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Price: $150.00


Choo Choo Coleman 1962 New York Mets 40-120 Autographed Signed OML Baseball COA DECEASED


Great looking, single signed baseball by former 1962 New York Met...Choo-Choo Coleman.

Choo-Choo began his career in 1961 with the Philadelphia Phillies.  He played for the Phillies 1961 and New York Mets 1962-63, 1966.  During his career, he played in 201 games and pounded out 91 hits (including 8 doubles, 2 triples and 9 HR's) in 462 at bats for a .197 batting average.  Choo-Choo also drew 37 walks, drove in 30 runs and scored another 51 runs.  Choo-Choo played on the inaugural 1962 New York Mets.  Choo-Choo signed the sweet spot of this OML Allan H. Selig baseball with a blue ballpoint pen and he also inscribed on the ball, "1962 N.Y. Mets 40-120", to note his affiliation with the team.  Choo-Choo signed this OML baseball on Saturday January 21, 2012.

From Wikipedia, the free encyclopedia...

Clarence "Choo-Choo" Coleman was a Major League Baseball player who played catcher for the Philadelphia Phillies and the New York Mets.
Coleman was born in Orlando, Florida on August 25, 1937. He signed as an undrafted free agent with the Washington Senators at age 18. He was released by the Senators and signed by the Los Angeles Dodgers, then taken by the Philadelphia Phillies in the rule V draft. In 1961, he appeared in 34 games for the Phillies, getting hit by a pitch in his first Major League at bat.[1] He would hit only .128 for the Phillies that year in 47 at bats. The Phillies finished in last place that year, a spot soon to be taken over by the expansion New York Mets franchise. In the off-season, the Mets selected Coleman in the expansion draft. He would play parts of three seasons for the Mets, hitting .205 in 415 at bats.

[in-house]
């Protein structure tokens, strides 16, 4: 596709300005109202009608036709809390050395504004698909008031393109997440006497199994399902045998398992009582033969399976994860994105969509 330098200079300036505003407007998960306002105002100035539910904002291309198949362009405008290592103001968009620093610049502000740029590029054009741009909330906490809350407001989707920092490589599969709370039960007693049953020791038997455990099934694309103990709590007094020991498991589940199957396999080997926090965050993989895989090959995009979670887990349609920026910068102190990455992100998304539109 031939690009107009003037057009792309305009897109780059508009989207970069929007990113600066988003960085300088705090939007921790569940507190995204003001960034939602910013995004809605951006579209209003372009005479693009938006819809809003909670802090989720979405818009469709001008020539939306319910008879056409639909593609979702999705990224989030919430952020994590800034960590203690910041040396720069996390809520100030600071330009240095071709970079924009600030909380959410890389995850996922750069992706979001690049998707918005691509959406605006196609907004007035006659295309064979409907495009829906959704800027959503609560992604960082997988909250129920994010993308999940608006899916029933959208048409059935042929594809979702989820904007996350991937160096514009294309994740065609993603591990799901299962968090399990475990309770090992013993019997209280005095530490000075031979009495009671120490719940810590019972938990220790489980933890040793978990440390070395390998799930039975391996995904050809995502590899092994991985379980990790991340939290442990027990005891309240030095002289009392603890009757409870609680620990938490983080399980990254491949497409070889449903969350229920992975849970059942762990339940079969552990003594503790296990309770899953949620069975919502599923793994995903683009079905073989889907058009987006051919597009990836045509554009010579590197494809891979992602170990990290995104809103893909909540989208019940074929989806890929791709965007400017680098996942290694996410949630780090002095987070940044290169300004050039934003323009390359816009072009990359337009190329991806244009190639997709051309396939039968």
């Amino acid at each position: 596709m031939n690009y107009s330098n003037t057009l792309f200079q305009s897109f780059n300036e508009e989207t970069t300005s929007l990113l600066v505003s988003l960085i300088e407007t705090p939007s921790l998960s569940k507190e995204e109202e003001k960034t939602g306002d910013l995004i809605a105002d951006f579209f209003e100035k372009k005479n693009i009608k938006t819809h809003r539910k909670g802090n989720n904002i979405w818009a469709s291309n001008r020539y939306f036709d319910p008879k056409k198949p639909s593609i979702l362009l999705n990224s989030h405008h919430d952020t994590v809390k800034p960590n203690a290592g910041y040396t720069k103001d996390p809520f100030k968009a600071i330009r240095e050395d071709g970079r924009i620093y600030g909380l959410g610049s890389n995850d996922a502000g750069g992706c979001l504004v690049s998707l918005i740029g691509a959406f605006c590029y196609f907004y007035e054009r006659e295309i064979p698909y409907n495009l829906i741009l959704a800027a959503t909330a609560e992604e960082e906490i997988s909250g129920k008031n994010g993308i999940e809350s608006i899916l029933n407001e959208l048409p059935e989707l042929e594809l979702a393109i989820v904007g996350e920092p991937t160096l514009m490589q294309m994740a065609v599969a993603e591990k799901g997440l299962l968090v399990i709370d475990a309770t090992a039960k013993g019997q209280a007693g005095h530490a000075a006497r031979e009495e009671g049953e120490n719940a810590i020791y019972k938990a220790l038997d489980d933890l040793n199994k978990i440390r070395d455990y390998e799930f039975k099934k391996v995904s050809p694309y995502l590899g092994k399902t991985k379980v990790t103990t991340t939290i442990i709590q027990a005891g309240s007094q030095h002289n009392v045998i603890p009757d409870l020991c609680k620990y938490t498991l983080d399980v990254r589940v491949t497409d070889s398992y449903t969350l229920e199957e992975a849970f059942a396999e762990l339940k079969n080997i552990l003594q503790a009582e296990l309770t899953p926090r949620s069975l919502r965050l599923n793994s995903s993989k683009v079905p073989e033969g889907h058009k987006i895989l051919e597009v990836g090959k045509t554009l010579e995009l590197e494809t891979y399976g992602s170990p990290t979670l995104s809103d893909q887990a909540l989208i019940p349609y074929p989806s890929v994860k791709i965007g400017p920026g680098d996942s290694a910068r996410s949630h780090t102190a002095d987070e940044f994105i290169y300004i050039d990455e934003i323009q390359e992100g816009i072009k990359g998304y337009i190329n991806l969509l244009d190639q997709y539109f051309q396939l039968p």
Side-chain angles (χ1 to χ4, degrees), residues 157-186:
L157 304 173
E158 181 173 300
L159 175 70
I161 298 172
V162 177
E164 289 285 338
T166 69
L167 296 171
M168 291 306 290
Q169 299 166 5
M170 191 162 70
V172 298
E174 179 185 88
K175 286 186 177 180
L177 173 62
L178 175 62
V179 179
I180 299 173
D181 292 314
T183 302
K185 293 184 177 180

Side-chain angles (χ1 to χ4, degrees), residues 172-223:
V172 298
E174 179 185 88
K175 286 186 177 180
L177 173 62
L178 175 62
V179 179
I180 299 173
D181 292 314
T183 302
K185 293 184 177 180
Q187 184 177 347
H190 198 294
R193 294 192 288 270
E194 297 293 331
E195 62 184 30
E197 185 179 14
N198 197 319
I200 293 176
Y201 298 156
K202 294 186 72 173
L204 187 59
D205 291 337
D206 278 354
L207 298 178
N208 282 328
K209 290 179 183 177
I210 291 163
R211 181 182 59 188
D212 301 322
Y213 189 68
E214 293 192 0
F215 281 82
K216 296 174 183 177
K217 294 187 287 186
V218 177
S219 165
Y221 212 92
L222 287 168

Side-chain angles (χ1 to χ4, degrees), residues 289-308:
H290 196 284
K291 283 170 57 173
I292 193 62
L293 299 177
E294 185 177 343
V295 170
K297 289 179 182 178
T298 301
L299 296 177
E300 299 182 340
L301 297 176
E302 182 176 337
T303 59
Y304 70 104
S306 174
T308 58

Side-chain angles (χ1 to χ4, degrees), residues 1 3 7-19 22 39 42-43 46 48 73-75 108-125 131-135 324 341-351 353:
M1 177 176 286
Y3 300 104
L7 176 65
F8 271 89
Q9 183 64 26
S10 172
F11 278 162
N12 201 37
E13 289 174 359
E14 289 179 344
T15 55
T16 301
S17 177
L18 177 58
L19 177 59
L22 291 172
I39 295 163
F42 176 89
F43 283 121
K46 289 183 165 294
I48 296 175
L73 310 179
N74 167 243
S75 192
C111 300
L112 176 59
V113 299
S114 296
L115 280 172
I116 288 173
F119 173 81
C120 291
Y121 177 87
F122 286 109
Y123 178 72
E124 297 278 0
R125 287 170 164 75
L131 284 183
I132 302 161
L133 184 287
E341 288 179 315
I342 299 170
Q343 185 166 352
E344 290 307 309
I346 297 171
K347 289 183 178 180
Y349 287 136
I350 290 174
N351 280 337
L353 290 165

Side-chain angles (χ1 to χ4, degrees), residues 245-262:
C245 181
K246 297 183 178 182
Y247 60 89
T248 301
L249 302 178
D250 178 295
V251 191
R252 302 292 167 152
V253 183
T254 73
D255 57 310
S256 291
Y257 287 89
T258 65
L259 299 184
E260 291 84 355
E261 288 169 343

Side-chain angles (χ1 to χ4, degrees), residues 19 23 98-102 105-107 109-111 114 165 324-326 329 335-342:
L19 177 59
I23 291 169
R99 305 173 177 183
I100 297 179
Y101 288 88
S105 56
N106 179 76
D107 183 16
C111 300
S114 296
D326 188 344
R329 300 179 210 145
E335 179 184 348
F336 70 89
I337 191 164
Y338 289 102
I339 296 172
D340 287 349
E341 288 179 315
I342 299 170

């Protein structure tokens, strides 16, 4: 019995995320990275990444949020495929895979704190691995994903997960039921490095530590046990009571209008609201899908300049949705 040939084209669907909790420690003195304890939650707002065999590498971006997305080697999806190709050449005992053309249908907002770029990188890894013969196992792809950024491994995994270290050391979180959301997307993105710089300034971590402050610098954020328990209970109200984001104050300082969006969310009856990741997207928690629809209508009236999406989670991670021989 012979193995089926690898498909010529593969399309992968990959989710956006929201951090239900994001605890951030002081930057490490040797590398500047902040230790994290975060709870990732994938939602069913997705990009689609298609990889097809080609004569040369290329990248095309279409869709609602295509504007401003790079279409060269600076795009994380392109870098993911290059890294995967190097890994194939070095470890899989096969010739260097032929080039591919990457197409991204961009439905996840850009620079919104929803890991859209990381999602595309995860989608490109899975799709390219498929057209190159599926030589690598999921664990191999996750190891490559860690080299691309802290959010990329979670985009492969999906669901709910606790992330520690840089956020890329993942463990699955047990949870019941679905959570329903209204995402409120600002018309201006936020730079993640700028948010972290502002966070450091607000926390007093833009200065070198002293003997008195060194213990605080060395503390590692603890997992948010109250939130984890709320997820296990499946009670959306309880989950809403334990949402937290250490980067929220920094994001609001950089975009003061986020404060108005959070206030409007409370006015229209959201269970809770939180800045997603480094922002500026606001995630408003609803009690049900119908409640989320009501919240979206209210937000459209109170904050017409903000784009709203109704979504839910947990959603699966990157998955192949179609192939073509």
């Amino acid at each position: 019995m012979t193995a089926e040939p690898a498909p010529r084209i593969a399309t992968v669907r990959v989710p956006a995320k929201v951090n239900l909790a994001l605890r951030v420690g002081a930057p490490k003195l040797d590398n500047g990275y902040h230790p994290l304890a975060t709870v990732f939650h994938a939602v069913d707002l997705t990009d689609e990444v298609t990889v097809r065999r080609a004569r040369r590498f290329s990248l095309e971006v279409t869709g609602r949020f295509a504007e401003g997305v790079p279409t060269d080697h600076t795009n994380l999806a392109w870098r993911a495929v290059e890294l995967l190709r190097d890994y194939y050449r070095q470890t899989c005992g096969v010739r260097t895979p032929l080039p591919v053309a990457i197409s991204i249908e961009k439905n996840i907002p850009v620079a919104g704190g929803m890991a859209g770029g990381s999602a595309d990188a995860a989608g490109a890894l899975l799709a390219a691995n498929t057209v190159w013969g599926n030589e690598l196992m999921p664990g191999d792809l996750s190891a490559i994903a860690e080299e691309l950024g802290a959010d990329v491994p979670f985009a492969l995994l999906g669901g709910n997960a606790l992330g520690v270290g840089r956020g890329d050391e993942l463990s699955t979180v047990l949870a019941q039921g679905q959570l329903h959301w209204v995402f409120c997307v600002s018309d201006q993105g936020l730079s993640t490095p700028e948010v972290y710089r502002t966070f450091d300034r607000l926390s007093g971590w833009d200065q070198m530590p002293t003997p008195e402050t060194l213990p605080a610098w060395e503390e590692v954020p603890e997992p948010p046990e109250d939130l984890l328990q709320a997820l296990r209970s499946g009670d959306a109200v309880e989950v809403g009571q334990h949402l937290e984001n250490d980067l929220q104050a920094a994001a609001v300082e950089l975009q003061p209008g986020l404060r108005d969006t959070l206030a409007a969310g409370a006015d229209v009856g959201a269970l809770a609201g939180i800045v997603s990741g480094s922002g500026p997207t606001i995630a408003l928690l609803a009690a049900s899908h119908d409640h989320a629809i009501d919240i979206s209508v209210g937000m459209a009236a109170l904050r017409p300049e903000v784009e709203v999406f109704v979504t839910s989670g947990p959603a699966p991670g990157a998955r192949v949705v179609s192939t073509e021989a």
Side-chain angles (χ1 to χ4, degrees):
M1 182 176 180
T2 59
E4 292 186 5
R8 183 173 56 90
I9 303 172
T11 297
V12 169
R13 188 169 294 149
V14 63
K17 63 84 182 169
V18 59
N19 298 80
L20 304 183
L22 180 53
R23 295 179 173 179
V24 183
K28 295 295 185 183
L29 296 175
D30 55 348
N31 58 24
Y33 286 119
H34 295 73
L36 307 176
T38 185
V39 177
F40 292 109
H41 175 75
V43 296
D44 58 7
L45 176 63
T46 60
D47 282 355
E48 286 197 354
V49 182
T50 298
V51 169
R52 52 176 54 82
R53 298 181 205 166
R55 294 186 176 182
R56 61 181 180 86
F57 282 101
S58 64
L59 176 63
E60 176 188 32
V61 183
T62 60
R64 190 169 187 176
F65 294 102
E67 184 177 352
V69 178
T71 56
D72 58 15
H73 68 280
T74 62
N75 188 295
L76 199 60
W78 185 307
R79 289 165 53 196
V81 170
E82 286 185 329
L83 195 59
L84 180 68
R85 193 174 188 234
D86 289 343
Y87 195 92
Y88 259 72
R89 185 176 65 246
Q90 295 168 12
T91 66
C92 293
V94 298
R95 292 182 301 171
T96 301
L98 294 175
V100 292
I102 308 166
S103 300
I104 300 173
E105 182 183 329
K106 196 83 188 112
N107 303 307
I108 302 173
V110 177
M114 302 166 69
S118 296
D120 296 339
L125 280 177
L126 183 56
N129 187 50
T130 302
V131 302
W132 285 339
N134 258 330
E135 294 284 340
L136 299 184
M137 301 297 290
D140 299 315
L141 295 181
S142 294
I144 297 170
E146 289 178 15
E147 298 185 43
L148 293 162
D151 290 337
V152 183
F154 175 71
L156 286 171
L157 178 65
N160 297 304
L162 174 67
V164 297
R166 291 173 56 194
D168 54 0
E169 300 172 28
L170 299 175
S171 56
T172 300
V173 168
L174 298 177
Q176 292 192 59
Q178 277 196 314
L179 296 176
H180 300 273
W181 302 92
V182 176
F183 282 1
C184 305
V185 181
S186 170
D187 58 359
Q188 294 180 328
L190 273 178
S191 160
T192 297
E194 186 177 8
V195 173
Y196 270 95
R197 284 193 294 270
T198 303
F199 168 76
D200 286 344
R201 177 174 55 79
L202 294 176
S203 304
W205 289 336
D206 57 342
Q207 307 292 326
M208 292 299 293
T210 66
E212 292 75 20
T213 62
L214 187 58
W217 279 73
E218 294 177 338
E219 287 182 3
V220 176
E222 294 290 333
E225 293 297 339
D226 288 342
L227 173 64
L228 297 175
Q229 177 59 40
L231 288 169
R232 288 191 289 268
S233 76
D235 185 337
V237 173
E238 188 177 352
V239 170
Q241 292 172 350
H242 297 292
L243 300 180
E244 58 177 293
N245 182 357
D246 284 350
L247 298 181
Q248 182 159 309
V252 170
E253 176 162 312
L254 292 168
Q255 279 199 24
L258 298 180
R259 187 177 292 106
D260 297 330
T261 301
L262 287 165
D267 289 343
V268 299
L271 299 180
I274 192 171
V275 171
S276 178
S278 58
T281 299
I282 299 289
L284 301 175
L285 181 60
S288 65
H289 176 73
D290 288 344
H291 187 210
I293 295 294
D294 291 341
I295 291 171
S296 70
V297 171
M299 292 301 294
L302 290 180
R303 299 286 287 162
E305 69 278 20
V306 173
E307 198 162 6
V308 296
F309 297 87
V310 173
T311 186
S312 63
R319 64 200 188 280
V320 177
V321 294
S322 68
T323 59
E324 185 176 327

While Coleman never had success as a player, he became somewhat famous for his malapropisms. Perhaps most famous was an interview on Kiner's Korner, the Mets post-game show. Host Ralph Kiner liked to tell the story, during game broadcasts, about how Choo-Choo didn't say much and was very hard to interview. Coleman also had a bad memory for names, and called everybody "Bub". Ralph explained that he had run out of questions for Coleman, so he asked Choo-Choo, "What's your wife's name and what's she like?" Choo-Choo replied "My wife's name is Mrs. Coleman and she likes me, Bub."[2] Another time, Kiner asked Clarence how he had gotten the name Choo-Choo. "I don't know, Ralph," was the answer.

Upon first introducing Choo-Choo to the media, Mets manager Casey Stengel did not exactly sing his praises. He said of Coleman "You have to have a catcher or you'll have all passed balls."[3] But he did refer to him as "the best low-ball catcher in baseball", a commodity the early Mets staff probably needed.

In 1963, during Duke Snider's only year with the Mets, he told a reporter how Choo-Choo did not know his name, despite the fact that he and Snider had spent months on the same team. The reporter did not believe him. To prove his point, Snider said to the Mets catcher, "Choo-Choo, do you know me?" Choo-Choo replied, "Yes, you're number 4." Roger Craig once said: "Choo-Choo would give you the sign and then look down to see what it was."[4]

The authors of The Great American Baseball Card Flipping, Trading and Bubble Gum Book, Brendan C. Boyd & Fred C. Harris, Little Brown & Co, 1973, had this to say about Coleman on p. 37, next to a picture of his baseball card: "Choo-Choo Coleman was the quintessence of the early New York Mets. He was a 5'8", 160-pound catcher who never hit over .250 in the majors, had 9 career home runs, 30 career RBIs, and couldn't handle pitchers. Plus his name was Choo-Choo. What more could you ask for?"

Lifetime guarantee in regards to this autographed baseball which also comes with a COA from Gearhart Enterprises, Inc. Member of the UACC. UACC Registered Dealer #RD189.